Hoover and the Great Depression
David E. Hamilton
When he campaigned for the presidency in 1928, Herbert Hoover proclaimed that American society was in the midst of a “New Day” of social and economic progress. Whether at his birthplace in West Branch, Iowa, or in New York City, at Elizabethton, Tennessee, or in Boston, he confidently predicted that American society had crossed a threshold to a new era of sustained improvements in living standards, higher incomes, and, ultimately, an end to want and poverty.
This progress, he proclaimed, had been made possible by the spectacular advances of industry and science and by the emergence of new institutions and new values that neatly fused an older and newer America. For the men and women who idolized Hoover, he was the ideal statesman to realize this vision. He seemed to embody the qualities essential to resolving what Walter Lippmann had posed in 1914 as the challenge of “drift and mastery.” Could modern America, Lippmann had asked, achieve “mastery” over its economic and social problems?313 Hoover’s admirers saw him, with his capacity for “scientific” analysis, expert administration, and organization building, as a public leader with an inspiring vision of social progress who might bring about a “New Day” in American life.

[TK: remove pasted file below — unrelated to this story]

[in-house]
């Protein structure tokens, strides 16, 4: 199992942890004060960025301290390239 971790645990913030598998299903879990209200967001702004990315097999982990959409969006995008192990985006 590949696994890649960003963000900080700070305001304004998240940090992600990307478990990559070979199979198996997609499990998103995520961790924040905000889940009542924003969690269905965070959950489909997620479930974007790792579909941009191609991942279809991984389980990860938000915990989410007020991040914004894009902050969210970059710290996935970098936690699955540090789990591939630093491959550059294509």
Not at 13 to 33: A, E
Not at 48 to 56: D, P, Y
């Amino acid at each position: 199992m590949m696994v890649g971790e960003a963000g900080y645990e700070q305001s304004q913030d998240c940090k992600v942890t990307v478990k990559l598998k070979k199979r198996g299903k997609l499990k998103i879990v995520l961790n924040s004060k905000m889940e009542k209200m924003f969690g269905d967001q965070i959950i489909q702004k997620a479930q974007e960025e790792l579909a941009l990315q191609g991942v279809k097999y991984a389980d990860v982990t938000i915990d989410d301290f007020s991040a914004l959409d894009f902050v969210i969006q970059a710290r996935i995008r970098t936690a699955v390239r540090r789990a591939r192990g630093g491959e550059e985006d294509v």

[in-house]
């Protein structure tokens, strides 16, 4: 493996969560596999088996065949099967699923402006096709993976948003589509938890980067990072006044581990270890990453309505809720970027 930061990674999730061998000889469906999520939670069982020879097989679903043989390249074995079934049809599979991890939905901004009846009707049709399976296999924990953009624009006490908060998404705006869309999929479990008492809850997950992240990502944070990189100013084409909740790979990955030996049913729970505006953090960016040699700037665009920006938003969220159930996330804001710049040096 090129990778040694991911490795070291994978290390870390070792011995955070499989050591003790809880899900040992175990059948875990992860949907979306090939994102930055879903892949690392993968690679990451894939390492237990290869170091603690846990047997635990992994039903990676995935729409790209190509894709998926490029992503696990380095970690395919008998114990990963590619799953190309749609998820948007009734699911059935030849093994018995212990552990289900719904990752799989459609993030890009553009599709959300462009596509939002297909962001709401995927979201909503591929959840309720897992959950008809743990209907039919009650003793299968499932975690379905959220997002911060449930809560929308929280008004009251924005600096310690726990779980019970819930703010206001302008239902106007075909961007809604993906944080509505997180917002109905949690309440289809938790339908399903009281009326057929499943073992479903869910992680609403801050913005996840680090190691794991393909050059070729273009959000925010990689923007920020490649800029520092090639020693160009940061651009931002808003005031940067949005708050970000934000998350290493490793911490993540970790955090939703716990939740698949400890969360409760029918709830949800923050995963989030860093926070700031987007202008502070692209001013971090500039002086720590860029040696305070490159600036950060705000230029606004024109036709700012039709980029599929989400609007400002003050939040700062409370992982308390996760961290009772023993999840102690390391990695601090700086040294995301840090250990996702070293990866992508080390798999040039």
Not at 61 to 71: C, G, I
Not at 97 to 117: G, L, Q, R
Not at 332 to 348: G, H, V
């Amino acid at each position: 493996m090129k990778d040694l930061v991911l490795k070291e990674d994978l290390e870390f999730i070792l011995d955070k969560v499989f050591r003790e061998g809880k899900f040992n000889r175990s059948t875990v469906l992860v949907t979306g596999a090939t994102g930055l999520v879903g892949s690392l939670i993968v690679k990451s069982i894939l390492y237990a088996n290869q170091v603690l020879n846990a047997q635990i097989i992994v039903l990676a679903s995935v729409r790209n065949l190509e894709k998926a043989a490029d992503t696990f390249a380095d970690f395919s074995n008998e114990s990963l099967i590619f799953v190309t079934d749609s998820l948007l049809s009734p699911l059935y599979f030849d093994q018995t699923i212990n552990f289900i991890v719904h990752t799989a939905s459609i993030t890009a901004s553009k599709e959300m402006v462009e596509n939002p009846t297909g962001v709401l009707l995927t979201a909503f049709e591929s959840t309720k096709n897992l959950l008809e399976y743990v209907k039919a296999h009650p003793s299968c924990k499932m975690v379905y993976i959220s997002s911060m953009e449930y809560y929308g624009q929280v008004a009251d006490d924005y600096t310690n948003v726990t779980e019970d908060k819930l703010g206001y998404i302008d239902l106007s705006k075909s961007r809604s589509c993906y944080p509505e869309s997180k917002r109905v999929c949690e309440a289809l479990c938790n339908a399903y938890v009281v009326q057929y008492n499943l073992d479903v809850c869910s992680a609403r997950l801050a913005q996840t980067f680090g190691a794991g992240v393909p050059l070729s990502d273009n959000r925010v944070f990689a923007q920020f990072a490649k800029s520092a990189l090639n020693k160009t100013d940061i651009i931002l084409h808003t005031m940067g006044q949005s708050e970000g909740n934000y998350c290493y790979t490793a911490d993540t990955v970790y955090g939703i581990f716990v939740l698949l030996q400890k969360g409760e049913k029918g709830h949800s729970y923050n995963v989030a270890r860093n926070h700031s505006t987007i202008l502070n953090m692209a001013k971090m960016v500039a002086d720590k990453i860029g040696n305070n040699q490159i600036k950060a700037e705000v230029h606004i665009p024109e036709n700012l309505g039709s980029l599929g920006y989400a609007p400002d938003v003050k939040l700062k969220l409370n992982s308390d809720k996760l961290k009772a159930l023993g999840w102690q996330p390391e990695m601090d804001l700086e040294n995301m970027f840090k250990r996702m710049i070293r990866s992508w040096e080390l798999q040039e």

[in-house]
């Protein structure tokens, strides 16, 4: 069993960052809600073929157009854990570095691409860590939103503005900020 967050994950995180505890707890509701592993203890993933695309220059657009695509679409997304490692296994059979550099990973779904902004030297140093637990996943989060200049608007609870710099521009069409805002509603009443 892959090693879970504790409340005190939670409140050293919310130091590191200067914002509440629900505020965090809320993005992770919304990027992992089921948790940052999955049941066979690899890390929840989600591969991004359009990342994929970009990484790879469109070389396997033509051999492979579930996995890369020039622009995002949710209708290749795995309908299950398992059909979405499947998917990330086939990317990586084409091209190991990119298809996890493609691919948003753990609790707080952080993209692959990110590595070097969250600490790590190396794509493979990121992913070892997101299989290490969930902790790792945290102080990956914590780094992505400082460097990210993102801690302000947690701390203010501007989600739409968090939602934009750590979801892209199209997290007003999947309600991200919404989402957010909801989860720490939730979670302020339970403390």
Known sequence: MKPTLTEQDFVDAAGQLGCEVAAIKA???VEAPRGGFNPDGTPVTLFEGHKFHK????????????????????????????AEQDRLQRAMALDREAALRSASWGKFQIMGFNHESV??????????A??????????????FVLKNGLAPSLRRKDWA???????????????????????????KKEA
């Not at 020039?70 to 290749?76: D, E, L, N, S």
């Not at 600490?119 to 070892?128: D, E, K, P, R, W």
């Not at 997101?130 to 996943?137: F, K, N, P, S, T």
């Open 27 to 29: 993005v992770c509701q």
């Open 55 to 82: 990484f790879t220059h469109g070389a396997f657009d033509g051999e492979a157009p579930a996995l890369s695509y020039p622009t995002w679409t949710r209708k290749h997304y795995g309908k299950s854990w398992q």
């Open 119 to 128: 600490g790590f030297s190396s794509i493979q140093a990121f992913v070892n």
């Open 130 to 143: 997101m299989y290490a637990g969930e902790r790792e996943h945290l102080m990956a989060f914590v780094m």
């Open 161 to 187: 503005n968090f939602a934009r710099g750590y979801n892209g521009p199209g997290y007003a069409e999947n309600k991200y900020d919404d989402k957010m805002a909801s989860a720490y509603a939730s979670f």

It was not to be, of course. Within a few months of his inauguration, stock values plummeted, and by mid-1930 the American economy was contracting at a stunning pace. Faced with falling farm prices, rising unemployment, plunging business profits, and a faltering banking system, Hoover’s political woes multiplied, and his public standing crumbled. By late 1930, as the economy unraveled, Hoover had begun to feel as if he were doing “battle on a thousand fronts.”314
Rich holdings of Herbert Hoover’s papers make clear the many battles of Hoover’s presidency. The boxes and folders bulge with memoranda, reports, and correspondence on how to boost farm prices, bolster a collapsing